The Pandemic Reminds Us
“Everything is Deeply Intertwingled”
— We Need Better Logics for That

Move over emotional support dogs ...

 ... because here come the "Emotional Support Canadians."

I've got all sorts of intertwingled thoughts about the news article below, top of which:  every human ought to have an "Emotional Support Canadian."

Check out this article by CTV News:

'Emotional support Canadians'
offer to help
stressed by U.S. election

All partisan nonsense aside, I find the notion of "Emotional Support Canadian" ridiculously funny, and it really makes up for this post-election hangover of mine that will drag on for however long. 

On that note, best wishes to all Americans as they go through yet another stretch of the bruising hell-ride poop-show that is the typical American election.

Sock size matters. My story followed by a classic joke.

I may have had big feet since the instant I was conceived.  Of all the sperm that could have made it, the winning one in that race would have needed to be a great swimmer, so that may explain the big feet ...

Today, at 6foot2-ish tall, my 15 shoe-size feet seems really disproportionately large.  I find consolation in the thought that in my senior years, maybe I can find a part-time job on Sesame Street representing the letter "L".

Loving self-deprecating humour, I've always enjoyed blurting out:  "You know what they say about guys with big feet:  they don't sway so much in the wind."

Throughout my adulthood, I've only ever bought socks in bulk packs, and could never find anything other than "fits between some size and size 13", so that's what I always got.  I am baffled that brick and mortar stores do not carry socks (or shoes) for big-footed males.  (I see so many tall teenagers, I can't help but think the market is there.  Meh.)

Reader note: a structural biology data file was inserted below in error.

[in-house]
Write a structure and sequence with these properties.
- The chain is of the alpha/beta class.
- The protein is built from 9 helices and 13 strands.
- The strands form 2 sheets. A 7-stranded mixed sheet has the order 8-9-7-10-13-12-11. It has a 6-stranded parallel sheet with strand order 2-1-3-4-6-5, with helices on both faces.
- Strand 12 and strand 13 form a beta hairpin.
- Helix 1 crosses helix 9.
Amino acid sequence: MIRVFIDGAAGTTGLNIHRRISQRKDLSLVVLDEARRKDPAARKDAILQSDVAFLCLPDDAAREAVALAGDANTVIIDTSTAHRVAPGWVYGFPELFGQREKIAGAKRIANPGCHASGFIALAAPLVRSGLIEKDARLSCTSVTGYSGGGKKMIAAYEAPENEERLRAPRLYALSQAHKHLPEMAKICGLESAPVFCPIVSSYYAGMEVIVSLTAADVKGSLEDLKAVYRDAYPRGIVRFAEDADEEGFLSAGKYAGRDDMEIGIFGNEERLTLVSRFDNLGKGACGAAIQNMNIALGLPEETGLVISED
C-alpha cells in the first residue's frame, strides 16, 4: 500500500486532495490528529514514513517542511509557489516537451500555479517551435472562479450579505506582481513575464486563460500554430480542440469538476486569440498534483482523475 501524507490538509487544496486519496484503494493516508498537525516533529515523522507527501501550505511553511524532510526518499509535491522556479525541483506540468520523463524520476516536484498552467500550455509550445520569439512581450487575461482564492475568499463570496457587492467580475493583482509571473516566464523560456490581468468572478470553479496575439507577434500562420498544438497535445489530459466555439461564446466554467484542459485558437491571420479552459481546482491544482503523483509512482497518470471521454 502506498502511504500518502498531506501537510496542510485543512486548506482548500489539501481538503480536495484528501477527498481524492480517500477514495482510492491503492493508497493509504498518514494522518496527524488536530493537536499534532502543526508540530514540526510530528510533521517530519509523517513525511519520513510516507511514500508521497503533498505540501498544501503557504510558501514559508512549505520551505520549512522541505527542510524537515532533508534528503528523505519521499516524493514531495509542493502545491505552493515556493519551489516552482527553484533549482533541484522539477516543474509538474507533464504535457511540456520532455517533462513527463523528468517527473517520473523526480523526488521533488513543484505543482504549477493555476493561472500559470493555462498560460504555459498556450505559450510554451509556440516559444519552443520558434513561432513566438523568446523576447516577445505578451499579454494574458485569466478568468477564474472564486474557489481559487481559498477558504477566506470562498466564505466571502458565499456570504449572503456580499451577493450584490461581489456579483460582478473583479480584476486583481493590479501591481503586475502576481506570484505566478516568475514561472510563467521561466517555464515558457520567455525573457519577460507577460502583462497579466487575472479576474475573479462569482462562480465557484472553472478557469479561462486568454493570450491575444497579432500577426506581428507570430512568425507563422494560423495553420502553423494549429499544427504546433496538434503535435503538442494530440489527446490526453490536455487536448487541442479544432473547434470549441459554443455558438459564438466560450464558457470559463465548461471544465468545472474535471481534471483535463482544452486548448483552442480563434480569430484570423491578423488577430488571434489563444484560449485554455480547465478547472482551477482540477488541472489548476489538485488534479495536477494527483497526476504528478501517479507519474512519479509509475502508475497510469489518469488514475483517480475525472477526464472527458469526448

Being a fairly new shopper on, it took me a while before realising: "hey,  I can get socks here; I wonder if they have big sizes?"

Sure enough, they do, and I ordered these (13-15 size) as soon as I found them:

Because I was so used to undersized socks, I had never realized how uncomfortable they were (i.e. too tight) until I first slid these appropriately-sized socks on my feet.  What a ridiculous difference! So comfortable, so relaxing!  (One must wonder what impact undersized socks have on blood circulation.)

Just for the fun of it and to be silly, I shared my sock-size story with friends and family, and one of my friends replied with an oh-so-awesomely perfect classic joke, which I share with you below.

Cheers !

Tight Socks

The doctor said, "Joe, the good news is I can cure your headaches. The bad news is that it will require castration. You have a very rare condition, which causes your testicles to press on your spine, and the pressure creates one hell of a headache. The only way to relieve the pressure is to remove the testicles."

Joe was shocked and depressed. He wondered if he had anything to live for. He couldn't concentrate long enough to answer, but decided he had no choice but to go under the knife.

When he left the hospital he was without a headache for the first time in 20 years, but he felt like he was missing an important part of himself. As he walked down the street, he realized that he felt like a different person. He could make a new beginning and live a new life. He saw a men's clothing store & thought, "That's what I need - a new suit."

He entered the shop and told the salesman, "I'd like a new suit." The elderly tailor eyed him briefly and said, "Let's see ... size 44 long." Joe laughed, "That's right, how did you know?" "Been in the business 60 years!" Joe tried on the suit. It fit perfectly.

As Joe admired himself in the mirror, the salesman asked, "How about a new shirt?" Joe thought for a moment and then said, "Sure." The salesman eyed Joe and said, "Let's see, 34 sleeve & 16-1/2 neck." Again, Joe was surprised, "That's right, how did you know?" "Been in the business 60 years!"

Joe tried on the shirt, and it fit perfectly. As Joe adjusted the collar in the mirror, the salesman asked, "How about new shoes?" Joe was on a roll and said, "Sure." The salesman eyed Joe's feet and said, "Let's see ... 13-15E." Joe was astonished, "That's right, how did you know?" "Been in the business 60 years!"

Joe tried on the shoes and they fit perfectly. Joe walked comfortably around the shop and the salesman asked, "How about some new socks?" Joe thought for a second and said, "Sure." The salesman said, "Let's see... size 13-15E just like your shoes."

Joe laughed. "Ah ha! I got you! I've worn size 10 since I was 18 years old." The salesman shook his head, "You can't wear a size 10. A size 10 sock would cut off your circulation and and give you one hell of a headache.